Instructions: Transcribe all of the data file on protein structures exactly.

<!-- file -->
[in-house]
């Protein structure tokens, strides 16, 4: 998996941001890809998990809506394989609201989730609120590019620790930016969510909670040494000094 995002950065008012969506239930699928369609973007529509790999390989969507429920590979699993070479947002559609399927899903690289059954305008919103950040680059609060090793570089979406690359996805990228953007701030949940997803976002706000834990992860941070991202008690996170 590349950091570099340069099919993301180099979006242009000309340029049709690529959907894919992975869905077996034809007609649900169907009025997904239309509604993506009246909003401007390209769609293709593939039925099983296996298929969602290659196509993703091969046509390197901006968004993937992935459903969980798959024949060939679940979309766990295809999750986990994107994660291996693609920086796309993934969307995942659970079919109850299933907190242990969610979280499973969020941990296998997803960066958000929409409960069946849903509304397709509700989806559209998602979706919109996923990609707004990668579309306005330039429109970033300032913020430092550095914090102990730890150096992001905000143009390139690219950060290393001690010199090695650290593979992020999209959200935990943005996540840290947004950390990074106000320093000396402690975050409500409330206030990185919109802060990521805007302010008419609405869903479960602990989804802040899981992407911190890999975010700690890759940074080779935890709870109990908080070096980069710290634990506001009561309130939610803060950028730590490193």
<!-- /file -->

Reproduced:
[in-house]
């Protein structure tokens, strides 16, 4: 998996941001890809998990809506394989609201989730609120590019620790930016969510909670040494000094 995002950065008012969506239930699928369609973007529509790999390989969507429920590979699993070479947002559609399927899903690289059954305008919103950040680059609060090793570089979406690359996805990228953007701030949940997803976002706000834990992860941070991202008690996170 590349950091570099340069099919993301180099979006242009000309340029049709690529959907894919992975869905077996034809007609649900169907009025997904239309509604993506009246909003401007390209769609293709593939039925099983296996298929969602290659196509993703091969046509390197901006968004993937992935459903969980798959024949060939679940979309766990295809999750986990994107994660291996693609920086796309993934969307995942659970079919109850299933907190242990969610979280499973969020941990296998997803960066958000929409409960069946849903509304397709509700989806559209998602979706919109996923990609707004990668579309306005330039429109970033300032913020430092550095914090102990730890150096992001905000143009390139690219950060290393001690010199090695650290593979992020999209959200935990943005996540840290947004950390990074106000320093000396402690975050409500409330206030990185919109802060990521805007302010008419609405869903479960602990989804802040899981992407911190890999975010700690890759940074080779935890709870109990908080070096980069710290634990506001009561309130939610803060950028730590490193």